Online Crime Gang Stole Millions
LAS VEGAS, NEV. -- To gain a grasp of just how badly organized cyber-crime groups are fleecing American banks and consumers, it may be instructive to look at the details released this week about the operations of a single online crime gang, that is responsible for undoubtedly the largest cache of stolen data ever uncovered.
The info comes from Joe Stewart, a researcher with Atlanta based SecureWorks who has been studying the operations of a group responsible for distributing "Coreflood," a remote-access Trojan that the bad guys are using to hide their activities online and steal data from infected systems.
By gaining access to an online server used to control the CoreFlood network, Stewart was able to gain a rare glimpse inside the operations of an operation that compromised more than 378,000 systems over the past 16 months. He found more than 500 gigabytes of stolen banking credentials and other sensitive data. To put this in perspective, Stewart said, if that data was printed on paper, it would fill 500 pickup trucks. Yet, the thieves periodically download and wipe their database of older stolen information, so Stewart estimates that the group likely has swiped more than four times that amount of data over the past several years.
Analysis by the Secret Service shows that this is the same Trojan used in 2004 to steal $90,000 from Joe Lopez, a Florida businessman who filed a landmark lawsuit against Bank of America after the company refused to reimburse his business for the loss (Bank of America later settled the suit but Lopez said he is forbidden to discuss the terms of that settlement).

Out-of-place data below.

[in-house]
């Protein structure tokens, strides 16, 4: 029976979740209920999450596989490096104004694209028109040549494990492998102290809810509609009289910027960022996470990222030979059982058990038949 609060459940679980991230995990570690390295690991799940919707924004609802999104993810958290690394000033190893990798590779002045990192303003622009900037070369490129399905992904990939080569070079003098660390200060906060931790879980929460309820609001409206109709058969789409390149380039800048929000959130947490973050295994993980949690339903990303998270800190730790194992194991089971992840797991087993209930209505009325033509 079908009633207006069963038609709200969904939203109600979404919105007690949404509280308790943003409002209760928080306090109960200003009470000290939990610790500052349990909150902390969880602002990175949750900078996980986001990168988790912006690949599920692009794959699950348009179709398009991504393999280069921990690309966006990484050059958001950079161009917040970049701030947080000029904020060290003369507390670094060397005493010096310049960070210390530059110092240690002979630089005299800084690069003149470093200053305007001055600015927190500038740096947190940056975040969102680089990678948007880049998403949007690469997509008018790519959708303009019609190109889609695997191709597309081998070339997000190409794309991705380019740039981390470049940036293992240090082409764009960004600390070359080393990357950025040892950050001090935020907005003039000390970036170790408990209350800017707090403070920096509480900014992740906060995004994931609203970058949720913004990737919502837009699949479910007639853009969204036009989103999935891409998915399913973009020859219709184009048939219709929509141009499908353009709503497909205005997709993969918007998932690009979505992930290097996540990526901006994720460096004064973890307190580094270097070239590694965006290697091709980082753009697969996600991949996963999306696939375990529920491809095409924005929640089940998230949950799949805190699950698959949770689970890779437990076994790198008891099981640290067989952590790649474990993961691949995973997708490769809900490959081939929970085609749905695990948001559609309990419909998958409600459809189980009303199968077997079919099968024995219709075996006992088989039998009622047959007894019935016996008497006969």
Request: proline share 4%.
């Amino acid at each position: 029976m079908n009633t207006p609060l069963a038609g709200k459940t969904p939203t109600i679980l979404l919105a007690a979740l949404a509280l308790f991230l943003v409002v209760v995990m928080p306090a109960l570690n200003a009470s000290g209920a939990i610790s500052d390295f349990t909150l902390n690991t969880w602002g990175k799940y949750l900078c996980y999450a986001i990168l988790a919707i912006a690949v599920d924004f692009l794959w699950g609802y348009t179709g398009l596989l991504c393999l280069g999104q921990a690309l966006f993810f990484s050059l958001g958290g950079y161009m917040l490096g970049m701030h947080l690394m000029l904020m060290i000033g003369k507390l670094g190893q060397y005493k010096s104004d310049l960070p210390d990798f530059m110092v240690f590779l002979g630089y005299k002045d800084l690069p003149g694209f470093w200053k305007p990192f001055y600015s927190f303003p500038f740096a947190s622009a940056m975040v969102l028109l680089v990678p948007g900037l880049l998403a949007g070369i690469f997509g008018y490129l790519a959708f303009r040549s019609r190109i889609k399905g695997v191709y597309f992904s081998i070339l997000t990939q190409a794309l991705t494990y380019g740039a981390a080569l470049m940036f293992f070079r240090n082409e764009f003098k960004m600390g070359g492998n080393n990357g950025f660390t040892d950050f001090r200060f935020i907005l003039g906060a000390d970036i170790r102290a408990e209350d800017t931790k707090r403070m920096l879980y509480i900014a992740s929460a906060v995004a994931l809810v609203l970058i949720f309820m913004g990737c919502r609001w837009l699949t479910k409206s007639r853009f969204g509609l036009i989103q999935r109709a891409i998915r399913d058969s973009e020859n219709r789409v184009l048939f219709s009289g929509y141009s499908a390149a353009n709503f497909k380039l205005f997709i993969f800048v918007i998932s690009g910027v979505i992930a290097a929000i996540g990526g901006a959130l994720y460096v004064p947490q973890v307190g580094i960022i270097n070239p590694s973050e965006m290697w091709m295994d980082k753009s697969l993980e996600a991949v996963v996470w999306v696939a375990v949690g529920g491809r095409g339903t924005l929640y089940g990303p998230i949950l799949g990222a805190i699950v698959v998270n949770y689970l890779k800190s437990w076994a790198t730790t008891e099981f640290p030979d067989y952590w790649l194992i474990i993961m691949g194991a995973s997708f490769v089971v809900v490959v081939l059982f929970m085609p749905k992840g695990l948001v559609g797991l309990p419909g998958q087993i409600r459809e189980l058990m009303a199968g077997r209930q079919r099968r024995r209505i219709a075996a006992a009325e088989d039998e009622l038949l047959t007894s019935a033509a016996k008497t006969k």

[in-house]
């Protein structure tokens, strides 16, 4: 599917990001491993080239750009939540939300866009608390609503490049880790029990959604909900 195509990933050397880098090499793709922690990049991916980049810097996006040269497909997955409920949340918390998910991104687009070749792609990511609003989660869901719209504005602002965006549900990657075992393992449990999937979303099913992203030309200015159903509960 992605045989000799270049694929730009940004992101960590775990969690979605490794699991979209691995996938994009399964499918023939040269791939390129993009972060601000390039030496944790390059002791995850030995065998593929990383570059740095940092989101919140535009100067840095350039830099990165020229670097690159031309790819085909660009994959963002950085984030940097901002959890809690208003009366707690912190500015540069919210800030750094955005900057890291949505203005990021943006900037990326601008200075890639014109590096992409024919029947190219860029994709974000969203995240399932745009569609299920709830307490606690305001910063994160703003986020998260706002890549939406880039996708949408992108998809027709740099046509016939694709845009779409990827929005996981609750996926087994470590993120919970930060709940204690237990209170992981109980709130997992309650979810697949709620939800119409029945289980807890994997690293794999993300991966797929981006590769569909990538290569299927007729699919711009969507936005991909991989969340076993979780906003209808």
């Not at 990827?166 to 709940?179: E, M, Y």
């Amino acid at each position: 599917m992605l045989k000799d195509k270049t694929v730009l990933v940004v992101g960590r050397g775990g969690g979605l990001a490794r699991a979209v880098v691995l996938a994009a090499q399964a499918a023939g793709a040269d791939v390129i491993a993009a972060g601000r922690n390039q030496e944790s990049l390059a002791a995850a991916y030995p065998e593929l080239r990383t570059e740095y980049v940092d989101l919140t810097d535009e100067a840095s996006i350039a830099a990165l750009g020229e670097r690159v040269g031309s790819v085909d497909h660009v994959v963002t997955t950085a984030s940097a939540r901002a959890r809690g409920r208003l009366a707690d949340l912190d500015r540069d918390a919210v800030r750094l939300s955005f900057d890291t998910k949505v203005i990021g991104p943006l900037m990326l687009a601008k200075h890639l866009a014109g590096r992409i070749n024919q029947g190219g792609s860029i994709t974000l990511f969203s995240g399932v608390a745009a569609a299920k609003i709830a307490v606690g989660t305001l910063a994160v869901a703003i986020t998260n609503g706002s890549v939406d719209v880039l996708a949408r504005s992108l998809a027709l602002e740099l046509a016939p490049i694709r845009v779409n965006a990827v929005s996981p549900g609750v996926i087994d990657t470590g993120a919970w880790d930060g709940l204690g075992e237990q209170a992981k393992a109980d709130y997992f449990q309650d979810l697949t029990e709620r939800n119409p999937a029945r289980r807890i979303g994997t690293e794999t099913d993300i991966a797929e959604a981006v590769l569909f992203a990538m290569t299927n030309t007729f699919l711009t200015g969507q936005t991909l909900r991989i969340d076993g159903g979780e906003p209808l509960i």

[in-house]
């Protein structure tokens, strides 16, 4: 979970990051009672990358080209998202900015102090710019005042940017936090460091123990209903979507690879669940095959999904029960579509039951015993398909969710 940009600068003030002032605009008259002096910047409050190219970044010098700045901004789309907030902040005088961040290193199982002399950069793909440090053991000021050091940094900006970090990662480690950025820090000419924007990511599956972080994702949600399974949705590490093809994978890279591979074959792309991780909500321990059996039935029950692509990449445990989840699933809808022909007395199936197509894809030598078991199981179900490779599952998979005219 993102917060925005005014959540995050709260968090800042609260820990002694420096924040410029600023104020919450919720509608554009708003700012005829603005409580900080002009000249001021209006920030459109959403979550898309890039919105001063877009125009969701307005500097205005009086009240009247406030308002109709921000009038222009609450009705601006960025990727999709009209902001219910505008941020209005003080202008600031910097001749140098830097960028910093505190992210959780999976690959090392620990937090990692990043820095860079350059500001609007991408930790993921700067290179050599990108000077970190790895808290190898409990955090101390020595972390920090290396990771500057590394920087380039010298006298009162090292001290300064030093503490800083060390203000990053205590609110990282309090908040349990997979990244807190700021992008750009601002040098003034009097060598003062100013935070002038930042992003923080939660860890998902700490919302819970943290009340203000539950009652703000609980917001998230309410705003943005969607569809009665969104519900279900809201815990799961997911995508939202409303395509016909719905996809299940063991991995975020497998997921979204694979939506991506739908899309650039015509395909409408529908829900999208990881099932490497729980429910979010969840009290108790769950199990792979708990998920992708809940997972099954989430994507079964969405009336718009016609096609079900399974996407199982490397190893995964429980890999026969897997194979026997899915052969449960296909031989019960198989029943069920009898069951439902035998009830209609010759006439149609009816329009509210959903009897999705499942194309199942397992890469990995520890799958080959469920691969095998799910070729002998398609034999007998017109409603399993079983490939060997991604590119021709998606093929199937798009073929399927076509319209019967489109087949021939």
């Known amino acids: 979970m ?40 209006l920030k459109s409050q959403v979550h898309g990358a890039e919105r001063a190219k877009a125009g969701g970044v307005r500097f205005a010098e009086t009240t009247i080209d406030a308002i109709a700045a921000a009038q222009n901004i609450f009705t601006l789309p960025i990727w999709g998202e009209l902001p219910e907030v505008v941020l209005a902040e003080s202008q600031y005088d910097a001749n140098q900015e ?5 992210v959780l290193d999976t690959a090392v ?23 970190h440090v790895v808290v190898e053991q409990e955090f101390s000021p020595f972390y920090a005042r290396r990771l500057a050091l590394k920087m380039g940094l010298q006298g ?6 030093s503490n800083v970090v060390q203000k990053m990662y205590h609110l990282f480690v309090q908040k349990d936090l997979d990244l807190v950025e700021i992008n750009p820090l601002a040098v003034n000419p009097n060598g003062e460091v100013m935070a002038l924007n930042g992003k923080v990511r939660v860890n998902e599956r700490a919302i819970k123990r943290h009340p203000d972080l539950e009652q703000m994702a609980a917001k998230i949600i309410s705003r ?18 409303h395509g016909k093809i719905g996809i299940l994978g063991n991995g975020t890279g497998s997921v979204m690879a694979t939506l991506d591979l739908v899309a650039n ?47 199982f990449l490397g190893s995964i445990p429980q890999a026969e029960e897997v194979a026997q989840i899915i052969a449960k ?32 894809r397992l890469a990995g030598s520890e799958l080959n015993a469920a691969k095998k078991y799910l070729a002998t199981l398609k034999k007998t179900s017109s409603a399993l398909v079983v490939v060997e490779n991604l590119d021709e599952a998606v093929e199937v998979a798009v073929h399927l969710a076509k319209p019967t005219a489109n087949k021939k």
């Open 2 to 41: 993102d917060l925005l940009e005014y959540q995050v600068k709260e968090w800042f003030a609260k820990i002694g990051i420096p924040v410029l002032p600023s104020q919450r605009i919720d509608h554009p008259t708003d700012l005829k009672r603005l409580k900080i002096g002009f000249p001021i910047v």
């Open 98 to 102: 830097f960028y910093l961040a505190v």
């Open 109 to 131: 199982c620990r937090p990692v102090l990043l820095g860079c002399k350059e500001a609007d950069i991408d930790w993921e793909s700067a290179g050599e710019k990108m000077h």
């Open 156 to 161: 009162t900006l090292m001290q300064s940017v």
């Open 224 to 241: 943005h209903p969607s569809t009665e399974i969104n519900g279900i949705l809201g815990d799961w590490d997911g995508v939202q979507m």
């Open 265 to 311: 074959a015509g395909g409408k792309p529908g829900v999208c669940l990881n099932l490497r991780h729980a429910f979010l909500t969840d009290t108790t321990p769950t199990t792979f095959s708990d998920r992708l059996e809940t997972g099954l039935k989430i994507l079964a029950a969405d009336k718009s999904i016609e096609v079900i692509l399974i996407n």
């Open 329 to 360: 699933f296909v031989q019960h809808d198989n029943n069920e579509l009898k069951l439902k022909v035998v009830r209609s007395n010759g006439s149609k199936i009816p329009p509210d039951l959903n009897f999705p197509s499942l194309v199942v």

Using the malware, the fraudsters behind CoreFlood set up an automated process that would report to their server the balances of any stolen online bank accounts, with the details from the victim accounts organized by financial institution.
One victim had more than $147,000 in their savings account. In just one of these directories, Stewart found 40 distinct, compromised accounts totaling more than $2.5 million.
Stewart said while the bad guys behind this attack seem to be interested primarily in banking data, they easily could monetize tons of other purloined data, such as the 463,582 stolen user names and passwords to more than 35,000 domains.
The group distributes its Trojan through "drive-by downloads," exploiting flaws in Web browser software and associated plug-ins. Stewart said he has traced the network to a group operating out of Russia. He said the CoreFlood crooks have been operating with impunity since at least 2002.
Stewart said the only thing saving many of the victims is that they don't have enough money in their accounts to warrant stealing, as the CoreFlood scammers appear to be targeting people with many thousands of dollars in their accounts.
"These guys just have access to more accounts than they can possibly even go after," Stewart said.
-- Brian Krebs
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